Boy did I ever screw up yesterday. First of all the "textured" plasterwork in the kitchen was supposed to be crocodile and I mistakenly applied the alligator look. No big deal, hardly anyone will notice the difference. Secondly, and a little more important, spell check got me. As usual, I relied on the magic of computer science to make up for my poor spelling capability. One nice thing about the English language is that so many words are very similar but are completely unalike in meaning. So, if you're slightly illiterate like me (or is it I?) you can come fairly close to the correct spelling of a word but you're also very close to the spelling of a different word. Yesterday I mentioned that I came down with the same decease that Jo had a few weeks ago. Some 12 or 17 hours later, while reading the morning paper I noticed my mistake. Neither Jo or I (or is it me?) are deceased or ever have been. In actuality someone or something took away my ease. Yes I was dis-eased. Funny how it took only a little over seventy years to learn this. And, my disease is still with me, which brings us around to dumb number three. Two or three months ago I wrote a post on Wisconsin Hystery. You may recall that I chronicled the story of the origin of Pepto Bismol. Here I sit on my porcelain throne while just a few miles down the road lies the center of rearal relief.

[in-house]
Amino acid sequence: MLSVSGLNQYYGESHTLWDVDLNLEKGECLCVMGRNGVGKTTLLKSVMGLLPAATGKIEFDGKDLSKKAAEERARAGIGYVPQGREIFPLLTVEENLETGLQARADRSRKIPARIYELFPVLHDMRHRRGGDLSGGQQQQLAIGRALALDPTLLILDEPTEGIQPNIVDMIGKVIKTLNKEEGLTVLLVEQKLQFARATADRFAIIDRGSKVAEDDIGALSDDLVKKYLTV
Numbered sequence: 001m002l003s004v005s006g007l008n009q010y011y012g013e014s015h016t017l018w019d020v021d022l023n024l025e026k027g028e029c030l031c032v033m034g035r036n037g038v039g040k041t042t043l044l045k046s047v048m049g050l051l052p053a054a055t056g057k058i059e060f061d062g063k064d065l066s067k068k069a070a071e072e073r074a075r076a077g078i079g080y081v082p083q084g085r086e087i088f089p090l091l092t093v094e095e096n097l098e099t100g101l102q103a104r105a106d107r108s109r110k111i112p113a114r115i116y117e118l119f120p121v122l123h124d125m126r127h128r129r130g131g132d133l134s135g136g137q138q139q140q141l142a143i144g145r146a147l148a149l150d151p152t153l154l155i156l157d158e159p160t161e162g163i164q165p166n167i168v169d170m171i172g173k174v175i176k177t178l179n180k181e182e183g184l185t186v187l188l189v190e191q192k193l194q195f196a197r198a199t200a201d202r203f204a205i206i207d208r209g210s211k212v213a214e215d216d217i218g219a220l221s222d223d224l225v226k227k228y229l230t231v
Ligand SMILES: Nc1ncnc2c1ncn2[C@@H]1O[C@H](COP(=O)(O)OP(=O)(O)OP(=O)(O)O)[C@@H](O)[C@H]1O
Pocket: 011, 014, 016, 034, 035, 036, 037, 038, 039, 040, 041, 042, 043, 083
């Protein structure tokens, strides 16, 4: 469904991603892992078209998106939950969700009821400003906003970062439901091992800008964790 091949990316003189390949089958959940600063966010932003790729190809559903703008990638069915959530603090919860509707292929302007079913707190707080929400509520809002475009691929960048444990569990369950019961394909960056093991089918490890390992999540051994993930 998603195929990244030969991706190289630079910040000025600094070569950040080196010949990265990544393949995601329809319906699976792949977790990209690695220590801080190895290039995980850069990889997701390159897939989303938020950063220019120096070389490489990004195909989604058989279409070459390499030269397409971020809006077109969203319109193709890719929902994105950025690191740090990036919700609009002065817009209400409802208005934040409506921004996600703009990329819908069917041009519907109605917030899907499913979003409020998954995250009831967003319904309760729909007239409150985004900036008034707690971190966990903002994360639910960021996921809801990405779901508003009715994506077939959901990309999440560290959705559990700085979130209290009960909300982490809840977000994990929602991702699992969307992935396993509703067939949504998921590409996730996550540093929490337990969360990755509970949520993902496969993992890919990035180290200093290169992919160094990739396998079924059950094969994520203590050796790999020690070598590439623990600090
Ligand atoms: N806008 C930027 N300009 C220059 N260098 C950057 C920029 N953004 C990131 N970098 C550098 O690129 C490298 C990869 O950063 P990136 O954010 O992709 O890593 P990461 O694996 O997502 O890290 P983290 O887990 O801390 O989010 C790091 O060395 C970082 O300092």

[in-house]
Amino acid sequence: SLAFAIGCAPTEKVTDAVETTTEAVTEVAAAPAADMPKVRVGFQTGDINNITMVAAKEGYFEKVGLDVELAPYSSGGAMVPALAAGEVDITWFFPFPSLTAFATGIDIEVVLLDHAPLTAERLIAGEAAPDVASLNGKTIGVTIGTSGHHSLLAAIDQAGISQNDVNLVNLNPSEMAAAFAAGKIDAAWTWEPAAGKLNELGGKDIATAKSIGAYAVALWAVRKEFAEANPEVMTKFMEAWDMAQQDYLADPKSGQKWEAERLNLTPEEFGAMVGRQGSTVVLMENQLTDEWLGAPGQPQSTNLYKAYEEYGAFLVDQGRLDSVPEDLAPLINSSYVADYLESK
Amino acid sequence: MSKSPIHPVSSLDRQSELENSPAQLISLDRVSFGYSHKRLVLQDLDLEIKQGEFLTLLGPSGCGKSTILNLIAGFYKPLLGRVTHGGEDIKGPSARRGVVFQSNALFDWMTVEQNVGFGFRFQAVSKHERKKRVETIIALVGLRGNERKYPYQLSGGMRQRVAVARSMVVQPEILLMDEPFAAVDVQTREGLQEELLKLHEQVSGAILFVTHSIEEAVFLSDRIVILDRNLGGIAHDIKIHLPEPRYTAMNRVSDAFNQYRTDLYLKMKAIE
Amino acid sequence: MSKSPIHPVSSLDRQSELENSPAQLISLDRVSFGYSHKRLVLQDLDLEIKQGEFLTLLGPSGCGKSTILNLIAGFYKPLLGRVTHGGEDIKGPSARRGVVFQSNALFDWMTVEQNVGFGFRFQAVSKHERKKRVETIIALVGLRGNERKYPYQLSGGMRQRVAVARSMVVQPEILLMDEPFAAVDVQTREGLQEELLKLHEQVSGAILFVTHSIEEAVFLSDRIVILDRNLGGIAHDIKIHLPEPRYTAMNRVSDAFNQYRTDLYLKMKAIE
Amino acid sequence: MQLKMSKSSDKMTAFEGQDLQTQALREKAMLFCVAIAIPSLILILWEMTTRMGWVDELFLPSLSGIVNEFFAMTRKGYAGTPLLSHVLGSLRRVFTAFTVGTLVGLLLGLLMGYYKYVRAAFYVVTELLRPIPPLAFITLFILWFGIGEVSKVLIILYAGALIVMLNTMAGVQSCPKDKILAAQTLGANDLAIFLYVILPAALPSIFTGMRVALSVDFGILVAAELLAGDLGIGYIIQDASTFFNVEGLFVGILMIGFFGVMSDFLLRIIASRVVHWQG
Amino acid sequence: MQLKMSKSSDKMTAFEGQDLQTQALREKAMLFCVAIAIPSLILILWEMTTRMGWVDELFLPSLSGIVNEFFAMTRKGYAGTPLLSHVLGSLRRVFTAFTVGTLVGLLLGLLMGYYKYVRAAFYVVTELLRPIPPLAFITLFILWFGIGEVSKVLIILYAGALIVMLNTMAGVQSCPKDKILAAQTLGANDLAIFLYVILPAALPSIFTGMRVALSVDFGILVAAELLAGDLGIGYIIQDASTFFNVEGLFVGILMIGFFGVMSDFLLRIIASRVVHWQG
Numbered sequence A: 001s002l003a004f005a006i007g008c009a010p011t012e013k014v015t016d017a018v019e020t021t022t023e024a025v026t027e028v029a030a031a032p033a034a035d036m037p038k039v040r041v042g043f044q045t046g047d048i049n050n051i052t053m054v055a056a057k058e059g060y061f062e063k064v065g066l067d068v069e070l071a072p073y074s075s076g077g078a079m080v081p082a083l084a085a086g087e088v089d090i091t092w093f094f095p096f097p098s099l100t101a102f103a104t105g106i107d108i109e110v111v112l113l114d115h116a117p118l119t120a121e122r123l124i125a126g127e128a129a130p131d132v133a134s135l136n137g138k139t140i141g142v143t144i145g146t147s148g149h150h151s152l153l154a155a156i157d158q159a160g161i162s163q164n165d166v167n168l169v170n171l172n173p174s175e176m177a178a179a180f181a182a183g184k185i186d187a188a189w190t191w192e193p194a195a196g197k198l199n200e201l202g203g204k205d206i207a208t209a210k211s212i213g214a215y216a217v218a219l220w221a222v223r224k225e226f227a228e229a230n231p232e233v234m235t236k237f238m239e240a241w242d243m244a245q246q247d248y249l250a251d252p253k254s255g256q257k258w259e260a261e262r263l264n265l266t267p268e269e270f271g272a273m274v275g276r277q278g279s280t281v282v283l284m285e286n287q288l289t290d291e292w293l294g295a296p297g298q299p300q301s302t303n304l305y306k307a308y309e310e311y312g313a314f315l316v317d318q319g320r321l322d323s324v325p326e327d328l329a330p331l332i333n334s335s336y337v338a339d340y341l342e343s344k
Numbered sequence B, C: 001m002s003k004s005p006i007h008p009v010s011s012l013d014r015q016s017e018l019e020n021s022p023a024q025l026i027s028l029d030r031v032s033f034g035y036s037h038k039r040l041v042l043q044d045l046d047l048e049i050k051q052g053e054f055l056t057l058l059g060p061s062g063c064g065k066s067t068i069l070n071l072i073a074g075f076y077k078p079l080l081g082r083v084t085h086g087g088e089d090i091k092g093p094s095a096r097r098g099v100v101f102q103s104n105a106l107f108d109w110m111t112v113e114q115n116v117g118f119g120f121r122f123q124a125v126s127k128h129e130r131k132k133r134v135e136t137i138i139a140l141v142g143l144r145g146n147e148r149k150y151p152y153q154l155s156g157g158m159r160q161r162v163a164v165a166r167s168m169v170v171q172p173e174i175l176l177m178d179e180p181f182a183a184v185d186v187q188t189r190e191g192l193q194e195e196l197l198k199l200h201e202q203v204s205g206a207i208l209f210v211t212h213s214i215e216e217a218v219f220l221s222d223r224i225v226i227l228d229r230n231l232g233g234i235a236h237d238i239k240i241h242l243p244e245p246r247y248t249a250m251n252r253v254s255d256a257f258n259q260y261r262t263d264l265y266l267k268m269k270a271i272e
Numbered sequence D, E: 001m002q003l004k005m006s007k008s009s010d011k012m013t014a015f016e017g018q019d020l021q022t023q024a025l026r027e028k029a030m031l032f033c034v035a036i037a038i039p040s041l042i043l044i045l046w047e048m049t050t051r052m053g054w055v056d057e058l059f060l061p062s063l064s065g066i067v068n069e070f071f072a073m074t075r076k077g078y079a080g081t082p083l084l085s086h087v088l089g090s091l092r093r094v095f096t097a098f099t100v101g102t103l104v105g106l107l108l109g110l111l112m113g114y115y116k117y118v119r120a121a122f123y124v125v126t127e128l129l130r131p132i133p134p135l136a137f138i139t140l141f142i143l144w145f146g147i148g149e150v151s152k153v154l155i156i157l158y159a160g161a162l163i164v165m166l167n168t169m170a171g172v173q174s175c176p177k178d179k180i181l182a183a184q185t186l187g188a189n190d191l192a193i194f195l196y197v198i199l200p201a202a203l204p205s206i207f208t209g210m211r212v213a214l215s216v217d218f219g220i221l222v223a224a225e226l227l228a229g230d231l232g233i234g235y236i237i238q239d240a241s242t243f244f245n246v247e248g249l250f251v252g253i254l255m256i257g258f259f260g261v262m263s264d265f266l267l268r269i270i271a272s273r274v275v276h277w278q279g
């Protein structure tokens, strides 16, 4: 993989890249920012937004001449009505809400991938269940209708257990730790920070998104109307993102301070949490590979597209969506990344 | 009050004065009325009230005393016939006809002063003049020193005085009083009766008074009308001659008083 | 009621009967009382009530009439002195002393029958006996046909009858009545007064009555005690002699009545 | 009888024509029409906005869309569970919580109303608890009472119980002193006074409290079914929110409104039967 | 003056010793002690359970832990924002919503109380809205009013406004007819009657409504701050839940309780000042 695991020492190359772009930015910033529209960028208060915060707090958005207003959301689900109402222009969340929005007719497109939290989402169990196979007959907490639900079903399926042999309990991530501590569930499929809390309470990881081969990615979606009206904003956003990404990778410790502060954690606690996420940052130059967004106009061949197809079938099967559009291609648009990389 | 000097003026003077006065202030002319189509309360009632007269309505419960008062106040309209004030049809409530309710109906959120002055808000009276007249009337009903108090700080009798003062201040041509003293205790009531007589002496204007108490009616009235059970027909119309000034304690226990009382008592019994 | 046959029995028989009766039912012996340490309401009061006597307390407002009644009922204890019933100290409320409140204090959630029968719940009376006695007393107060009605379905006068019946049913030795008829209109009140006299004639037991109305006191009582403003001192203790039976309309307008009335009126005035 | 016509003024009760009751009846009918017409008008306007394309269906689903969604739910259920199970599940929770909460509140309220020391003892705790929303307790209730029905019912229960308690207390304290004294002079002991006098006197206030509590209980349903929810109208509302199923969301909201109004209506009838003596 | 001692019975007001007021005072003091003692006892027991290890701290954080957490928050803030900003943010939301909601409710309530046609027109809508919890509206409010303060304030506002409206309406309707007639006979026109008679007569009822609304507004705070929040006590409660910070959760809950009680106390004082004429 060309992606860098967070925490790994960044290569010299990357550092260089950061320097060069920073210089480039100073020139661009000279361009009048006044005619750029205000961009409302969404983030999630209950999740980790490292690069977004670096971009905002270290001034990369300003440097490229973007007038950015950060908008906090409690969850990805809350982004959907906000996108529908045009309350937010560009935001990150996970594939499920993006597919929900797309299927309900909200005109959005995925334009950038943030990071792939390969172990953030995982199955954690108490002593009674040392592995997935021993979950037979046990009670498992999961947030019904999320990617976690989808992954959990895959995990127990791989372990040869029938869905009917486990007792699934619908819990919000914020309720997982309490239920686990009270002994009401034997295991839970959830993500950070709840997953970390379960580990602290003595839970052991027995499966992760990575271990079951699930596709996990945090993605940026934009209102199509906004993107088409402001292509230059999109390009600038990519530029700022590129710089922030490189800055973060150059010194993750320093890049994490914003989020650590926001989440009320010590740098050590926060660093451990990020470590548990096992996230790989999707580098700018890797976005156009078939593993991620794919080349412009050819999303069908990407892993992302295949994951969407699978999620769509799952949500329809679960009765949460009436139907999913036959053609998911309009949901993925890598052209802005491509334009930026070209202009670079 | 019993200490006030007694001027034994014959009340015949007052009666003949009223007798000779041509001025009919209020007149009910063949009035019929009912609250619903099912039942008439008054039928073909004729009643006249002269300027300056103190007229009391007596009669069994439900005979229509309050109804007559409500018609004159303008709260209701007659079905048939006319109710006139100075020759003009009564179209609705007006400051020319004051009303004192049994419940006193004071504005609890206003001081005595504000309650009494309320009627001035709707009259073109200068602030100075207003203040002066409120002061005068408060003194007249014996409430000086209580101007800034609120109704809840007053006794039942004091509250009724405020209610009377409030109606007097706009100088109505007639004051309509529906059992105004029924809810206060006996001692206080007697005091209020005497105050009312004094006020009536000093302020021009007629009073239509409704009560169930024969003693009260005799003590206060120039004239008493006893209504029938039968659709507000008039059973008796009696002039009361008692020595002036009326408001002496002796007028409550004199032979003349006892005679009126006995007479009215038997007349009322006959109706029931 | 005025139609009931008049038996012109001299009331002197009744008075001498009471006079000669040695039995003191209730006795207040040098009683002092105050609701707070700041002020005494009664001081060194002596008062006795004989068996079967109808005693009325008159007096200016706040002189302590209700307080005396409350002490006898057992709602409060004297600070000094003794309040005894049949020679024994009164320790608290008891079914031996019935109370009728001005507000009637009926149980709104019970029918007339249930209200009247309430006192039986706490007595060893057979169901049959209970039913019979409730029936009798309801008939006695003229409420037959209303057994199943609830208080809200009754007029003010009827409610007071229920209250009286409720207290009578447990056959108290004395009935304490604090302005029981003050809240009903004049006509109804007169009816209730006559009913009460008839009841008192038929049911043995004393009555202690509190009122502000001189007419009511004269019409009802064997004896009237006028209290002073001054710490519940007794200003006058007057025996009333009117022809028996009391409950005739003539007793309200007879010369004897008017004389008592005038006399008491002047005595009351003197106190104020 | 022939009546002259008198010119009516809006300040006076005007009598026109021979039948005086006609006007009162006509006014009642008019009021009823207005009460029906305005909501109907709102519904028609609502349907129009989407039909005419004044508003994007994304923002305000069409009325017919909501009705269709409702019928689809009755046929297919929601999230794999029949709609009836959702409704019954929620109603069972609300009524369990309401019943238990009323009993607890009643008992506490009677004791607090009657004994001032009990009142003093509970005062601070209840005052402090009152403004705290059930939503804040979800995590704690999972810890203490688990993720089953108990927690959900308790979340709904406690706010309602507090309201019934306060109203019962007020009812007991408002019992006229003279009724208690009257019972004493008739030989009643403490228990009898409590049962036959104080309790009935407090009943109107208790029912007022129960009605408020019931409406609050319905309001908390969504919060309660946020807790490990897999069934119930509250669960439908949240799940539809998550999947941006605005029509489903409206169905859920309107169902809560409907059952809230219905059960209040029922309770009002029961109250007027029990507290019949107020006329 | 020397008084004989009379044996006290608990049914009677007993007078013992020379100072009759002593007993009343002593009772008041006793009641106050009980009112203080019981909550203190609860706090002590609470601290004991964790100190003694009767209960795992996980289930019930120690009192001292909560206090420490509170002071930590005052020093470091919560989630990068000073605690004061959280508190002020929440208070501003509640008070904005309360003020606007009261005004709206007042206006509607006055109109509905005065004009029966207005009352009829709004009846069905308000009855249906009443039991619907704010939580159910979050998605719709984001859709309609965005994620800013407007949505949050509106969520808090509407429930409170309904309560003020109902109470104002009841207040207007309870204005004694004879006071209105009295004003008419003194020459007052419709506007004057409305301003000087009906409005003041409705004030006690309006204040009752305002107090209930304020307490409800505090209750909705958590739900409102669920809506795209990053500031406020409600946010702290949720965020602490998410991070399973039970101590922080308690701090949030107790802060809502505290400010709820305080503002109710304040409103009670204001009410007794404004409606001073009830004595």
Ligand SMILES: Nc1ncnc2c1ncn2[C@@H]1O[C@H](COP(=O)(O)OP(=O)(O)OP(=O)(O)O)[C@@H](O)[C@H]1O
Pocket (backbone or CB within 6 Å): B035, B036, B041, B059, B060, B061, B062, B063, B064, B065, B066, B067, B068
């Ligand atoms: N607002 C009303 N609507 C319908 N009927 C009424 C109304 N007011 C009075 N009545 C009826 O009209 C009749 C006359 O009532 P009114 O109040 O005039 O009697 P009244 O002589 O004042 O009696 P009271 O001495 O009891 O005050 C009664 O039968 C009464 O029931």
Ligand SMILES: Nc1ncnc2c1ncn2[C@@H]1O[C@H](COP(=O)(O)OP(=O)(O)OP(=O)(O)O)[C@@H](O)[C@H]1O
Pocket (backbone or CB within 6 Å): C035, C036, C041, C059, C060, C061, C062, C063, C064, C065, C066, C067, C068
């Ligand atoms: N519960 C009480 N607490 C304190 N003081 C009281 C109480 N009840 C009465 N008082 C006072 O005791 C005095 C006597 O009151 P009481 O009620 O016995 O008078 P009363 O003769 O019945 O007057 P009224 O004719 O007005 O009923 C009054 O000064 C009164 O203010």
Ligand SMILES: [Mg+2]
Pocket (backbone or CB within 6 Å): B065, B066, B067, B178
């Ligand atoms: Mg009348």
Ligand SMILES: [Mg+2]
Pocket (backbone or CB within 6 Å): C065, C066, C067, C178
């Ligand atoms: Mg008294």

While Jo and the pups are enjoying the newly fallen (and still falling) snow I have a choice to make. Do I put a primer coat on the alligator walls, shovel (snowblow) the five feet of snow outside or take a trip down county road Q to the Pepto mine. Sorry no pics today.

Friday, February 20, 2009

KP - K9 - Kaopectate